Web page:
Two Types of Raiding FatiguePosted by Kurn at 3:48 pm
I was chatting with one of my guildies this morning while I was unfortunately awake because my asthma was bothering me. (Sidenote: I was sitting in Storm Peaks, while tabbed out and working on my Kick-Ass Raider’s guide when NPCScan went off and scared the bejeezus out of me. I flailed around like a moron and couldn’t find the mob. Thankfully, it was just Vyragosa. Had it been the Time-Lost Proto Drake, I would have lost out by several minutes. I found Vyragosa’s corpse three minutes later, after flying around like a moron. Also, I blame Shawn’s latest post for why I was sitting the Storm Peaks in the first place. And if you’re not reading Shawn’s blog, you ought to be!)
Anyhow, where was I? Right. Chatting with a guildie.
We were talking a bit about the complexity of bosses in Mists of Pandaria and Merk was telling me about how some heroic 25-man fights have required spreadsheets for boss assignments. I’d heard about increasing levels of complexity, but spreadsheets? Yikes.
This is when Merk and I talked about how there are two types of challenging boss fights: the ones that challenge you on the field, in the moment, and the ones that challenge the raid leader (or team) offline in an administrative sense.
Rhyolith in Firelands challenged you on the field. You could do some pre-planning, sure, but the volcano thingies popping up meant that someone had to direct Rhyolith on to them and that not only changed regularly, but those spawns changed on every single pull. There’s no organizing that. That’s chaos that you have to deal with in the game.
Normal-mode Majordomo Staghelm, on the other hand, was a pretty simple fight to execute, but was nightmarish to organize. Here. Have a look at actual cooldown assignments for a raid of ours in September of 2011.
S1/S2/S3/S4 was Scorpion Phase 1, 2, 3 and 4, while C1/2/3/4 stood for Cat Phase 1, 2, 3 and 4. The numbers beneath those notations were for how many stacks of Adrenaline (in Scorpion) the boss had before we dispersed and the numbers under the C1 notations were for how many leaps before we stacked up again.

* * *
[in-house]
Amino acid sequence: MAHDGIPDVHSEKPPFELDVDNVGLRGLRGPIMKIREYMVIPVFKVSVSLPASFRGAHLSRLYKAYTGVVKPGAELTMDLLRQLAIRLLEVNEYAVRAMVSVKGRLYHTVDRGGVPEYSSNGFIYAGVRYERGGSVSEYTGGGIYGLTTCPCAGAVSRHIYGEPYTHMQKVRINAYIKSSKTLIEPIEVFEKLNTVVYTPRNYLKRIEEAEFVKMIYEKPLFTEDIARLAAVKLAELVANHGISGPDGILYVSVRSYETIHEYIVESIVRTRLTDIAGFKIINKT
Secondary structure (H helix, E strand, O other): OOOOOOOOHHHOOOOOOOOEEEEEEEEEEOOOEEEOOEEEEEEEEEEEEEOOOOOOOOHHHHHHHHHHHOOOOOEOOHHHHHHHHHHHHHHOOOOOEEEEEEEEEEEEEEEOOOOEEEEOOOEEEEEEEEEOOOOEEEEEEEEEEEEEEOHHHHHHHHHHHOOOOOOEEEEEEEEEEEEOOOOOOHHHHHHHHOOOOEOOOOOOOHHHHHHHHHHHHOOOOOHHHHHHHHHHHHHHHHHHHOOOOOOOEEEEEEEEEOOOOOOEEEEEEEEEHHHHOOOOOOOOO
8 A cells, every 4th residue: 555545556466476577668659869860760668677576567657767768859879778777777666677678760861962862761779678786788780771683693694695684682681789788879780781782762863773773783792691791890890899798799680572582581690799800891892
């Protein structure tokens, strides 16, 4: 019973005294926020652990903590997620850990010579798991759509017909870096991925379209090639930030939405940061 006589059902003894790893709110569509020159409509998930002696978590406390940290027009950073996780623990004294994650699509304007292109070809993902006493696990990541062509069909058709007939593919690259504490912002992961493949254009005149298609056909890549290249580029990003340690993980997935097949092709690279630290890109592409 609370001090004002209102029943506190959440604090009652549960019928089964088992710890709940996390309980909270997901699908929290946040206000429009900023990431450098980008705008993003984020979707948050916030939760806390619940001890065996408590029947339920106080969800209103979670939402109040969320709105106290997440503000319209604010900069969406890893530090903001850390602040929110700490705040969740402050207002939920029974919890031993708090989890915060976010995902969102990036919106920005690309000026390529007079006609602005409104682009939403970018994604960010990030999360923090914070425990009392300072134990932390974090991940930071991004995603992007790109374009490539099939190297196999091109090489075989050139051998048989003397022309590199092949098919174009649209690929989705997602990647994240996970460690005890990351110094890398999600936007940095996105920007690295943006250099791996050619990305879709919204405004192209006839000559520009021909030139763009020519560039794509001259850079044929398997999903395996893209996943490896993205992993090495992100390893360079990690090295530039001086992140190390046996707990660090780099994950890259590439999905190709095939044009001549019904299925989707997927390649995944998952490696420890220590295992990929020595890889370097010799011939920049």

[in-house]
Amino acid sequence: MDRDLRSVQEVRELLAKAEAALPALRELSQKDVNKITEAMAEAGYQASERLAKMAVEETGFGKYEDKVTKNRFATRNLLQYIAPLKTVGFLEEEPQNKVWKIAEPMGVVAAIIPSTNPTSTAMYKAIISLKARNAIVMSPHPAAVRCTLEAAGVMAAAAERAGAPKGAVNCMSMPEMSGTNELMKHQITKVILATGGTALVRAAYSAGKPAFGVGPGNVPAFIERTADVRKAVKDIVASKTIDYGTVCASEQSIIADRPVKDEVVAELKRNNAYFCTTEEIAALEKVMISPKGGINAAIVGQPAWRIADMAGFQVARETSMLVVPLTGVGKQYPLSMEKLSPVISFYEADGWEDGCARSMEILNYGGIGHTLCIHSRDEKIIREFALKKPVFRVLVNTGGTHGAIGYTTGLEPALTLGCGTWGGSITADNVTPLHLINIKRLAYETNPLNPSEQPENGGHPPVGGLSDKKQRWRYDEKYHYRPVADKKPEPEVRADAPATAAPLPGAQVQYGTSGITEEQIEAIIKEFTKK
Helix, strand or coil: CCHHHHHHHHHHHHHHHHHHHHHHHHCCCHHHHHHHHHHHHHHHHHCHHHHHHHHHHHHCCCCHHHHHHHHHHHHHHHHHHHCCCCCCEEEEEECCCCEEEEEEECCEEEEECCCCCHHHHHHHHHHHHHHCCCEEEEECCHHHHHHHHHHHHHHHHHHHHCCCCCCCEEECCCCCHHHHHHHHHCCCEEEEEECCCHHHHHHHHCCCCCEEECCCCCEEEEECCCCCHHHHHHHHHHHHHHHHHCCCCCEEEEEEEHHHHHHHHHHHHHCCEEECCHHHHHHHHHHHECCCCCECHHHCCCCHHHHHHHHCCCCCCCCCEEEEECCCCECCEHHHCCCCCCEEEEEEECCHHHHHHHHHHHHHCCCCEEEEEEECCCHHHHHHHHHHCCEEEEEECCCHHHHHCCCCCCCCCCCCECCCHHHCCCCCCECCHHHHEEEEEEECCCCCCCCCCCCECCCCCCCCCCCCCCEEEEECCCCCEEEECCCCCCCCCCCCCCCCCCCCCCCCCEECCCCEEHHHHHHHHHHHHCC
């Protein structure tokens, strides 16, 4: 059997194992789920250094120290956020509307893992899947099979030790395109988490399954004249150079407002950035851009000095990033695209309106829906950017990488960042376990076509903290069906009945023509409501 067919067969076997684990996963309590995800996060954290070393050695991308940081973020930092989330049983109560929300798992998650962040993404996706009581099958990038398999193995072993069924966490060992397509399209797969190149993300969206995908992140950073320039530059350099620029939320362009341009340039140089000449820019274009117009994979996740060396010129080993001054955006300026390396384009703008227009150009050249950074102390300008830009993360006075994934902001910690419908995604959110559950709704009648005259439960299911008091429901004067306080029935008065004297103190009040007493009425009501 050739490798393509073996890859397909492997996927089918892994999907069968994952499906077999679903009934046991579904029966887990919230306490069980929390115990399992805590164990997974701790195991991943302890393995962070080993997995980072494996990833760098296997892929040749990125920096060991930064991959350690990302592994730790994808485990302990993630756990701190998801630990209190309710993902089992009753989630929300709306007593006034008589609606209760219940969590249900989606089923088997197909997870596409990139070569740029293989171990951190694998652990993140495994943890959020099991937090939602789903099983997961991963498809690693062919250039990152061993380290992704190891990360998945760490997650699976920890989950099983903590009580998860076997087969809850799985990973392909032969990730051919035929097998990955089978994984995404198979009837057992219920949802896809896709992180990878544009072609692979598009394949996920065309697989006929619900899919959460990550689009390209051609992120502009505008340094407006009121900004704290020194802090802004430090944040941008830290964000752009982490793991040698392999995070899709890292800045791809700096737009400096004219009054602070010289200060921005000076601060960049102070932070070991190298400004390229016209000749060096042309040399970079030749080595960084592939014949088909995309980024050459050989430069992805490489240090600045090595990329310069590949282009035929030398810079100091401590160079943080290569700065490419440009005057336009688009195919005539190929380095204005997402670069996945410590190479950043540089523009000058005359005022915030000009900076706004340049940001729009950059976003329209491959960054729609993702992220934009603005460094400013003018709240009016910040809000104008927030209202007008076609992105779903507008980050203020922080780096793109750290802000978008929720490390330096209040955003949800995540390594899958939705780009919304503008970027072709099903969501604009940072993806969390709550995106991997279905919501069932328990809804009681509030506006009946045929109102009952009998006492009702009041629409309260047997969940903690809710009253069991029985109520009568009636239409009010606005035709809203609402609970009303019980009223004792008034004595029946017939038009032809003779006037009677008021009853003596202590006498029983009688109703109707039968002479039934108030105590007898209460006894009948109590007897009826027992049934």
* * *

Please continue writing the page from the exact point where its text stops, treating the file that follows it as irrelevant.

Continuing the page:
All six of our healers had multiple times in which to use their cooldowns, such as Tranquility, Aura Mastery, Spirit Link Totem and Power Word: Barrier, plus our tank healers for the fight also had specific times to use tank cooldowns such as Hand of Sacrifice and Pain Suppression.
In a word, this was tiresome.
Rhyolith was tiresome in his own way, because of the nature of the fight (hitting legs to steer? REALLY?), but normal-mode Majordomo Staghelm was tiresome from an administrative perspective.
The question is, of course, what kind of interesting and new boss fights can you have without resorting to gimmicks like Rhyolith’s steering or Zon’ozz’s bouncing? It’s not that all gimmick fights are bad, but Yor’sahj, for example, was (IMHO) an inventive fight that wasn’t really based on some new-fangled gimmick. Yor’sahj was different enough from the regular sort of add-spawning fight (adds spawn, but choose ONE to kill instead of all of them) to make it interesting, but there wasn’t a whole new resource bar, a new button to push, nothing like that.